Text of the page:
Thanksgiving is tomorrow, but Christmas lights are already starting to wink at holiday shoppers. With some major discount retailers elivering impressive third-quarter results over the past two weeks, expectations are high they will continue to rack up gains over the holiday season.

TJX (NYSE:TJX), for example, which sells name-brand apparel and other merchandise at lowball prices through such chains as T.J. Maxx and Marshall's, posted a 29% jump in quarterly earnings per share and 11% sales growth over the same period last year. Looking ahead, the company said it expects "significant year-over-year earnings per share growth" in the fourth quarter, with analysts calling for 42 cents a share compared to 29 cents a year ago. Wall Street's consensus is $1.23 a share for the current year, up almost 14% from $1.08 the year before.

The bottom line: Off-price retailing has come of age, and TJX stands to be a big winner. The company is pressing ahead with expansion plans to satisfy the needs of consumers' surging demand for discounts. While specialty stores like Gap (NYSE:GPS) are trimming their square footage, TJX said it's on track to expand square footage by 10% this year. Its A.J. Wright stores on the East Coast posted a 56% sales increase for the third quarter and sales for those stores open at least a year, a key indicator, rose an enviable 14%.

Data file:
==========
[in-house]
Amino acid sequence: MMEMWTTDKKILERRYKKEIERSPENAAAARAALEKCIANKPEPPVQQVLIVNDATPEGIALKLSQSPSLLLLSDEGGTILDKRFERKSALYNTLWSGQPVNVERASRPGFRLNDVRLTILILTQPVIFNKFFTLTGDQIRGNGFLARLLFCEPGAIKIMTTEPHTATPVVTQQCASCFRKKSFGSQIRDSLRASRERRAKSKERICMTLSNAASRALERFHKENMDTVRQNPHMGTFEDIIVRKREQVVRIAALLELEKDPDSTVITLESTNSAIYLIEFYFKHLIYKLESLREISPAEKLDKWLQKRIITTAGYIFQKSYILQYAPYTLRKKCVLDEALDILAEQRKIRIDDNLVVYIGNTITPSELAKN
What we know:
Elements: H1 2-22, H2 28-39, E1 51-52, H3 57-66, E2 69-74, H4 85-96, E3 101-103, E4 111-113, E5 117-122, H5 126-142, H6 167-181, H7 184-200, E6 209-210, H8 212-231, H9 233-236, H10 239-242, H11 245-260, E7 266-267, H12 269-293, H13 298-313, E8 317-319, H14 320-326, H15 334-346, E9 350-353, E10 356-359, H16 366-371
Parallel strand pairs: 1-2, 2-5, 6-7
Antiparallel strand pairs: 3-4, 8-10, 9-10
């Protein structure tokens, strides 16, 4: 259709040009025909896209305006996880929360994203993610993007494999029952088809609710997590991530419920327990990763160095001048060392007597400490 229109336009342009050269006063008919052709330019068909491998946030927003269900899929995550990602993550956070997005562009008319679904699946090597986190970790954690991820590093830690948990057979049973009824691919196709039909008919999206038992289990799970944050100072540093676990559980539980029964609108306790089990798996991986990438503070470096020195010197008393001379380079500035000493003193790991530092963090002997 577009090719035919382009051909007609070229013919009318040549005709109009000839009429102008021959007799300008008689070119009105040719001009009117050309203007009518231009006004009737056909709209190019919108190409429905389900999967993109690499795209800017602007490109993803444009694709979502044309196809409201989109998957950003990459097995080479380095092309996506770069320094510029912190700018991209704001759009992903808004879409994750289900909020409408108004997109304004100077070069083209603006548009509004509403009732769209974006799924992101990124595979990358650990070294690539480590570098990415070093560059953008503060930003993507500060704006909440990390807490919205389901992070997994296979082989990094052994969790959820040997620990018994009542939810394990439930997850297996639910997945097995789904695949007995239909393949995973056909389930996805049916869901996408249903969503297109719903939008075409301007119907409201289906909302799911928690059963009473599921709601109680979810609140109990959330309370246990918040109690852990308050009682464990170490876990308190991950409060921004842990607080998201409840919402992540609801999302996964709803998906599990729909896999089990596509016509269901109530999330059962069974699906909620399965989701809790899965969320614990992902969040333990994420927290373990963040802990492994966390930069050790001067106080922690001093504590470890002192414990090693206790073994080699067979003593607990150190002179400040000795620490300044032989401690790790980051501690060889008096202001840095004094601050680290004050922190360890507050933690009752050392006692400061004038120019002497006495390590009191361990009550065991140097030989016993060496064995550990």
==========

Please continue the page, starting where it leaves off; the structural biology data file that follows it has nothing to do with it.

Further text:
The A.J. Wright chain, launched only four years ago, now numbers 89 stores and the company is looking to expand to over 1,000 stores nationwide. Last year, TJX grew its store base by 11% to 1,843 stores worldwide and a few weeks ago announced plans for a $100 million purchase of 36 Bob's Stores, a value-oriented retail chain in the Northeast. The significant excess cash generated by operations enables the company to internally fund this growth, together with a nearly $400 million stock buyback program so far this year, while it also pays out dividends to shareholders.

To keep prices low, a discount retailer must control costs. As the largest off-price retailer in the country, TJX pulls a lot of weight with its suppliers. Its buyers negotiate deals with about 9,000 vendors. The T.J. Maxx chain has its own distribution and sourcing network, permitting it to expand nationally, and goods are made just for off-price retailers so that inventories can stay consistent.

TJX seems to be hitting on all cylinders, but stockholders may need to be patient. When quarterly results were announced, shares dropped 2% and they have continued trading in the $22 range. The long-term positive outlook may already be factored into the price.

The stock may not be at a rock-bottom price, but for you buy-to-hold investors, this might be a company worth stuffing in your Christmas stocking.

Carla Pasternak welcomes feedback at